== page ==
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RF35 Support that comes from culture: a rasch analysis of the social support scale (SSS) in an aboriginal population
  1. PHR Santiago1,
  2. L Smithers2,
  3. R Roberts3,
  4. L Jamieson1
  1. 1Adelaide Dental School, The University of Adelaide, Adelaide, Australia
  2. 2School of Public Health, The University of Adelaide, Adelaide, Australia
  3. 3School of Psychology, The University of Adelaide, Adelaide, Australia


Background Due to a history of colonization, Aboriginal and Torres Strait Islander became one of the most disadvantaged groups in Australia. The decades of assimilation policies, which culminated in the removal of Aboriginal children from their parents, disarranged the social support derived from their kinship system. In non-Indigenous populations, social support has been reported as a protective factor against stress (i.e. buffering hypothesis) and coronary heart disease; providing also better outcomes for breast cancer and type-2 diabetes. There are no psychological instruments validated to measure social support in Aboriginal Australians. The aim of the current study was to evaluate the validity and reliability of the Social Support Scale in an Aboriginal population.

Methods The Social Support Scale (SSS) is a 4-item measure developed to evaluate the emotional, appraisal, instrumental and informational domains of social support. Data was collected from to two different samples: participants of the (1) Teeth Talk Study (n=317), an oral-health randomized controlled trial (RCT) conducted among Aboriginal adults; and (2) the Baby Teeth Talk Study (n=367), an RCT conducted among pregnant Aboriginal women. The psychometric properties of the SSS were evaluated with Graphical Loglinear Rasch Models (GLLRM), which consist of recent methodological advances that extend the Rasch Model to incorporate local dependence (LD) and differential item functioning (DIF).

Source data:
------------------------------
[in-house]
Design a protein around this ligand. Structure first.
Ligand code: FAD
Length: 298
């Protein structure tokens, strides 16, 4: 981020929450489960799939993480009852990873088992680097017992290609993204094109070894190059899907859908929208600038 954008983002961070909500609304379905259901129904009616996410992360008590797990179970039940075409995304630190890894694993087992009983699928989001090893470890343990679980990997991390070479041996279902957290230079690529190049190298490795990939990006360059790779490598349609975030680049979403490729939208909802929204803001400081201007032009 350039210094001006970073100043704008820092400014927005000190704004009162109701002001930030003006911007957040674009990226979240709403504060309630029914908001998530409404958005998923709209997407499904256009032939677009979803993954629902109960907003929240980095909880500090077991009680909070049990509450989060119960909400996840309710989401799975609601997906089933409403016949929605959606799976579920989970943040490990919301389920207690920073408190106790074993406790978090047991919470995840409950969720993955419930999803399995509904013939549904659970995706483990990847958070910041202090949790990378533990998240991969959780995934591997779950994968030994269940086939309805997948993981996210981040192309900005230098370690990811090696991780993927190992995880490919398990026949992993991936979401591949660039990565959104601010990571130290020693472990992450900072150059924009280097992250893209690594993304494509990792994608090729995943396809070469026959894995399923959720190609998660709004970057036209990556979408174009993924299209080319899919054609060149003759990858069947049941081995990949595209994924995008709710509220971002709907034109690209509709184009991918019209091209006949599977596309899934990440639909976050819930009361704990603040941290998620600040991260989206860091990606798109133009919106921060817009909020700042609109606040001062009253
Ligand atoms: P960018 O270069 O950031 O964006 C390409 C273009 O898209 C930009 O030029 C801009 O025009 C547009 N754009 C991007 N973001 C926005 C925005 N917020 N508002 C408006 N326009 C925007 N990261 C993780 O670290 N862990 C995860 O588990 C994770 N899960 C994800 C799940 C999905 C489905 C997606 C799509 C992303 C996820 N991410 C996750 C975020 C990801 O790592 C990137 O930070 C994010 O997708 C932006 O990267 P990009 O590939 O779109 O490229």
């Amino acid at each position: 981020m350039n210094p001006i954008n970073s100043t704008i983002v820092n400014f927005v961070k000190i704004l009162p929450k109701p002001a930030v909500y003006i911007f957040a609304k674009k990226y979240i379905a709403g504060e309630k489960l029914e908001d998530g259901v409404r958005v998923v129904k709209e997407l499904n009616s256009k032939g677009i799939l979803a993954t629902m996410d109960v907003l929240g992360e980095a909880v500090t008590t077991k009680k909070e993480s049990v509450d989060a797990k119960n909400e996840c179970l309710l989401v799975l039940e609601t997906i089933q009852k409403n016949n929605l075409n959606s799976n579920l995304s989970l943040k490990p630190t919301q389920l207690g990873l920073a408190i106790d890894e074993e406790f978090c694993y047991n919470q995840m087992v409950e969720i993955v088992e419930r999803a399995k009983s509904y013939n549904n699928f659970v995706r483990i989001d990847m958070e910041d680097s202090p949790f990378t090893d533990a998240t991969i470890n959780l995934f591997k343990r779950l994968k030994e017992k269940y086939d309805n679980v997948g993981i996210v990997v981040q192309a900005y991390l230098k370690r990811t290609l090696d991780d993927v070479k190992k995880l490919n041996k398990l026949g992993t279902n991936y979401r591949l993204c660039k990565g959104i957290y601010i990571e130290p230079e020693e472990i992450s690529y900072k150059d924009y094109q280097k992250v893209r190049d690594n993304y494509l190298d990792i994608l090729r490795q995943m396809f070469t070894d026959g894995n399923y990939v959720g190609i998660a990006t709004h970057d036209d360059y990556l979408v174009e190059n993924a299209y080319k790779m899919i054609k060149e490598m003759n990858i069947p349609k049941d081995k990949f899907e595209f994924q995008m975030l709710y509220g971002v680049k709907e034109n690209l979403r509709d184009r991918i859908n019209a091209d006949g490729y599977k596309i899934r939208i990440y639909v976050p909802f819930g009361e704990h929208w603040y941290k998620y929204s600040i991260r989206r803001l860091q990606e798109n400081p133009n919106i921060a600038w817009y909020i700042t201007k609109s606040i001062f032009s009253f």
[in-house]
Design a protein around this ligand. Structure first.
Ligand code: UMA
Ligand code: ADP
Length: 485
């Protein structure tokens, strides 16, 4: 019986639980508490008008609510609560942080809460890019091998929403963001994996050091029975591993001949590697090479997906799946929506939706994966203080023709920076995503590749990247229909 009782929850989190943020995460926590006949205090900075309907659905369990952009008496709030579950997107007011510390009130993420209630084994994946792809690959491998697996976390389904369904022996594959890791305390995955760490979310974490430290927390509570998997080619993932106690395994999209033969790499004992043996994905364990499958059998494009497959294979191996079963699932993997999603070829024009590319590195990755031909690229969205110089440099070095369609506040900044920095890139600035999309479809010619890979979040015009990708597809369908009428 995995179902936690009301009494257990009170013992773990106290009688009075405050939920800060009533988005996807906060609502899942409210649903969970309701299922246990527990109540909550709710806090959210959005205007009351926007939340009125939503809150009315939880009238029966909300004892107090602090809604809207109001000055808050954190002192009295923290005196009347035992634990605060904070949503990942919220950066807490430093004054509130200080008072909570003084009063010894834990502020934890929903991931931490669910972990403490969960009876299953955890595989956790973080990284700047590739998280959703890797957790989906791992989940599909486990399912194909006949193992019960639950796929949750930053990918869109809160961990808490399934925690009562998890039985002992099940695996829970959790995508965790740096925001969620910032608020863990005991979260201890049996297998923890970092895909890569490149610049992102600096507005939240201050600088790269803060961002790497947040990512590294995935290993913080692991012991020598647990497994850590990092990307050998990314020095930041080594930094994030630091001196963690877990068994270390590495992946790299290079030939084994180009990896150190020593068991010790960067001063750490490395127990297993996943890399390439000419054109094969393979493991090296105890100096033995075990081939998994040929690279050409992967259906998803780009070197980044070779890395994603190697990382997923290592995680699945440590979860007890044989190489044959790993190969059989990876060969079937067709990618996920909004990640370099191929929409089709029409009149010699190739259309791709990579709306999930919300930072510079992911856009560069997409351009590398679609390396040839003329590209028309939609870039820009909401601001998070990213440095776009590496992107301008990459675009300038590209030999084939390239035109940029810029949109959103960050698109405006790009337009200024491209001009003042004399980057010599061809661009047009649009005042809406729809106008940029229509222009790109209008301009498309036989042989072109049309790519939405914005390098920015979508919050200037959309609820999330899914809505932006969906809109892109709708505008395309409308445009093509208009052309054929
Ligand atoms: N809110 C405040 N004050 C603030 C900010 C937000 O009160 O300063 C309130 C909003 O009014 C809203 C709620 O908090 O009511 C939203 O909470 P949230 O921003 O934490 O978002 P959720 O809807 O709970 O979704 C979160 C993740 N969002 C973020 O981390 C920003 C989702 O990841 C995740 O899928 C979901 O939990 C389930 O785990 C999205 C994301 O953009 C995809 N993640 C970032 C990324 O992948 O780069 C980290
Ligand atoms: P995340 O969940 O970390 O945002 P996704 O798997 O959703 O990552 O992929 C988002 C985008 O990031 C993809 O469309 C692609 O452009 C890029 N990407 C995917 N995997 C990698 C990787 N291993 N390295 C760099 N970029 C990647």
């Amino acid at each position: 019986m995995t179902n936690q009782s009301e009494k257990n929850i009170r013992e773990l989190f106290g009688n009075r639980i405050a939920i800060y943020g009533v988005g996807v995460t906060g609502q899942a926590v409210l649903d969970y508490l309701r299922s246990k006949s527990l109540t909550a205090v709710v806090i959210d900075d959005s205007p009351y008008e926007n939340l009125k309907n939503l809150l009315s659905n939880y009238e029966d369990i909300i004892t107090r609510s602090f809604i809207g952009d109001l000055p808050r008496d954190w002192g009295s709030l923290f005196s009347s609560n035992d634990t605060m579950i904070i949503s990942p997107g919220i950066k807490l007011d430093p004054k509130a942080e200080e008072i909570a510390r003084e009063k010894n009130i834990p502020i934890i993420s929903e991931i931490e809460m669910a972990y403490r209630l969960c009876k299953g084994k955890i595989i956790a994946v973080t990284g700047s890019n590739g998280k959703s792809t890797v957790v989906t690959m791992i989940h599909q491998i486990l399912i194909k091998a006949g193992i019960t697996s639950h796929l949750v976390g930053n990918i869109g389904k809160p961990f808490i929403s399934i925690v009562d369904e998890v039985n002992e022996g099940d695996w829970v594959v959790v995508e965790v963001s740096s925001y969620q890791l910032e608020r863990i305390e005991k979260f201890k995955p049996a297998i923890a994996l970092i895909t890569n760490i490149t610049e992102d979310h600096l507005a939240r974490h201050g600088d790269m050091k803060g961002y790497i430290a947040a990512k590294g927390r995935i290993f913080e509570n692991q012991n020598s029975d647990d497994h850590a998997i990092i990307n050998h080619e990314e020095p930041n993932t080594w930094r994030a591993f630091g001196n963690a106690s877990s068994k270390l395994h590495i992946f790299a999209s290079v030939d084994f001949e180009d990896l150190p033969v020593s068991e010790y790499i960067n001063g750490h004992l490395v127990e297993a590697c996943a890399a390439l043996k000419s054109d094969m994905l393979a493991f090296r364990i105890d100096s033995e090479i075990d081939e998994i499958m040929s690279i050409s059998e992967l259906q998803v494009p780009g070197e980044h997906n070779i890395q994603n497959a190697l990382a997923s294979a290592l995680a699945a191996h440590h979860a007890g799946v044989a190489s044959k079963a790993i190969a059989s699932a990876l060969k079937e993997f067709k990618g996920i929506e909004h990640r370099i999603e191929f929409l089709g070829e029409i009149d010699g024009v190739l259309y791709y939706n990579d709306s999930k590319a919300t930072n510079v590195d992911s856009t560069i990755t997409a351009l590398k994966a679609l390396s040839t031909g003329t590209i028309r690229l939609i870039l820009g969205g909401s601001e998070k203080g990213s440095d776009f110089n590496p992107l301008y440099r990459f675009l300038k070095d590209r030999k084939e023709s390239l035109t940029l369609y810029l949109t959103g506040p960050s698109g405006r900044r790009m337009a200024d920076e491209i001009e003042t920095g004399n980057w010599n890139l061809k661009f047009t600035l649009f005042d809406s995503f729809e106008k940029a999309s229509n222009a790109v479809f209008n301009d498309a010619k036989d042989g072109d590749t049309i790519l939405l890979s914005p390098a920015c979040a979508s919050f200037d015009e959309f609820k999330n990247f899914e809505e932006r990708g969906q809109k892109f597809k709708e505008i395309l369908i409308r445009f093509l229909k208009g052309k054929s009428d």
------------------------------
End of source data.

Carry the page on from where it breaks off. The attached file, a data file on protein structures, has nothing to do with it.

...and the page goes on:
Results Overall fit to a GLLRM was found (X2(96)sample1=52.7, p=0.057; X2(25)sample2=22.2, p=0.625) after the inclusion of LD between items 3 and 4 (gavg1=0.50; gavg2=0.66). Item 2 displayed DIF by employment status (X2(4)=12.60, p=0.013, g=0.21) in Sample 1. There was no DIF by sex or educational attainment. Unidimensionality was confirmed in both samples (gobs1=0.80; gexp1=0.78, p=0.654; gobs2=0.75, gexp2=0.77, p=0.163). The SSS displayed good reliability (Rsample1=0.82, Rsample2=0.84) and probability of person separation (Psample1=0.77, Psample2=0.78). Targeting was poor (TTIsample1=0.28; TTIsample2=0.49).

Conclusion The same unidimensional structure was found in both samples, providing confidence in the robustness of results. Item 2 (‘There are people in my life who appreciate what I do’) displayed DIF by employment status, indicating that participants who were employed were more likely to feel appreciated than those unemployed given the same level of social support. The current study consisted of the first validation of a Western-developed psychological instrument to measure social support in Aboriginal Australians. The results show that the SSS is a culturally-valid and reliable instrument that can be applied in future health research among Aboriginal and Torres Strait Islanders.

  • item-response theory
  • social support
  • differential item functioning

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